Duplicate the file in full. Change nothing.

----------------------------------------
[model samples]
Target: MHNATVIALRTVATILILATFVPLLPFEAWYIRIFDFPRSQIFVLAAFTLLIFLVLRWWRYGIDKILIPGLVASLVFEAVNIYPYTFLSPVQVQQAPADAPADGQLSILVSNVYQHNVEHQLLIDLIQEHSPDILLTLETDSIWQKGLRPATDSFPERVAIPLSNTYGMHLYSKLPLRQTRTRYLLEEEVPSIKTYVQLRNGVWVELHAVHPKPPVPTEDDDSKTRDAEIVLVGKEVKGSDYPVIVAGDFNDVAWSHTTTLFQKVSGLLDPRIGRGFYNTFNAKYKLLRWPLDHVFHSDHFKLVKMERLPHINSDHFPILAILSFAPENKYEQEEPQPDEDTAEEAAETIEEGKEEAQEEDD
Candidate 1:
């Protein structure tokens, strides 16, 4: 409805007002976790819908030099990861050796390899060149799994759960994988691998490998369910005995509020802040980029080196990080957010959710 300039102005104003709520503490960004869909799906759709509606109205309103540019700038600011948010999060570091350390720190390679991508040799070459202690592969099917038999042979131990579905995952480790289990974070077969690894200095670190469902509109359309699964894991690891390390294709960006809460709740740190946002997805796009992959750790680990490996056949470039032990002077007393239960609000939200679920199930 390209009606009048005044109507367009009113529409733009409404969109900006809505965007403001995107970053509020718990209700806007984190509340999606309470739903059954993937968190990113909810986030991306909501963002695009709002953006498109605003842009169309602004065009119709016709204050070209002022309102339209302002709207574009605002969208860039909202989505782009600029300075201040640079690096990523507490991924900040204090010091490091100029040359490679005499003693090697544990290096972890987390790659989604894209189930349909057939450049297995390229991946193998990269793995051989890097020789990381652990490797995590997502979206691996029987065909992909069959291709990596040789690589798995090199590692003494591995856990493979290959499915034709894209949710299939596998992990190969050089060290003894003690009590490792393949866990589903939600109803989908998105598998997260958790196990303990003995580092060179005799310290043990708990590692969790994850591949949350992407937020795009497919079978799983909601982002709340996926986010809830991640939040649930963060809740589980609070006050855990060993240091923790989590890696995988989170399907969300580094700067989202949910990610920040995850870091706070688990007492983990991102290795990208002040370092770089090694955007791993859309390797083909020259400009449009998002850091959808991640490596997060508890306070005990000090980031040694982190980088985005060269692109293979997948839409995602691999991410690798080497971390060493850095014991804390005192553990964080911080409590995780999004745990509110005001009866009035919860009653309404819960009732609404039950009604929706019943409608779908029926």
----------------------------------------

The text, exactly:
[model samples]
Target: MHNATVIALRTVATILILATFVPLLPFEAWYIRIFDFPRSQIFVLAAFTLLIFLVLRWWRYGIDKILIPGLVASLVFEAVNIYPYTFLSPVQVQQAPADAPADGQLSILVSNVYQHNVEHQLLIDLIQEHSPDILLTLETDSIWQKGLRPATDSFPERVAIPLSNTYGMHLYSKLPLRQTRTRYLLEEEVPSIKTYVQLRNGVWVELHAVHPKPPVPTEDDDSKTRDAEIVLVGKEVKGSDYPVIVAGDFNDVAWSHTTTLFQKVSGLLDPRIGRGFYNTFNAKYKLLRWPLDHVFHSDHFKLVKMERLPHINSDHFPILAILSFAPENKYEQEEPQPDEDTAEEAAETIEEGKEEAQEEDD
Candidate 1:
């Protein structure tokens, strides 16, 4: 409805007002976790819908030099990861050796390899060149799994759960994988691998490998369910005995509020802040980029080196990080957010959710 300039102005104003709520503490960004869909799906759709509606109205309103540019700038600011948010999060570091350390720190390679991508040799070459202690592969099917038999042979131990579905995952480790289990974070077969690894200095670190469902509109359309699964894991690891390390294709960006809460709740740190946002997805796009992959750790680990490996056949470039032990002077007393239960609000939200679920199930 390209009606009048005044109507367009009113529409733009409404969109900006809505965007403001995107970053509020718990209700806007984190509340999606309470739903059954993937968190990113909810986030991306909501963002695009709002953006498109605003842009169309602004065009119709016709204050070209002022309102339209302002709207574009605002969208860039909202989505782009600029300075201040640079690096990523507490991924900040204090010091490091100029040359490679005499003693090697544990290096972890987390790659989604894209189930349909057939450049297995390229991946193998990269793995051989890097020789990381652990490797995590997502979206691996029987065909992909069959291709990596040789690589798995090199590692003494591995856990493979290959499915034709894209949710299939596998992990190969050089060290003894003690009590490792393949866990589903939600109803989908998105598998997260958790196990303990003995580092060179005799310290043990708990590692969790994850591949949350992407937020795009497919079978799983909601982002709340996926986010809830991640939040649930963060809740589980609070006050855990060993240091923790989590890696995988989170399907969300580094700067989202949910990610920040995850870091706070688990007492983990991102290795990208002040370092770089090694955007791993859309390797083909020259400009449009998002850091959808991640490596997060508890306070005990000090980031040694982190980088985005060269692109293979997948839409995602691999991410690798080497971390060493850095014991804390005192553990964080911080409590995780999004745990509110005001009866009035919860009653309404819960009732609404039950009604929706019943409608779908029926």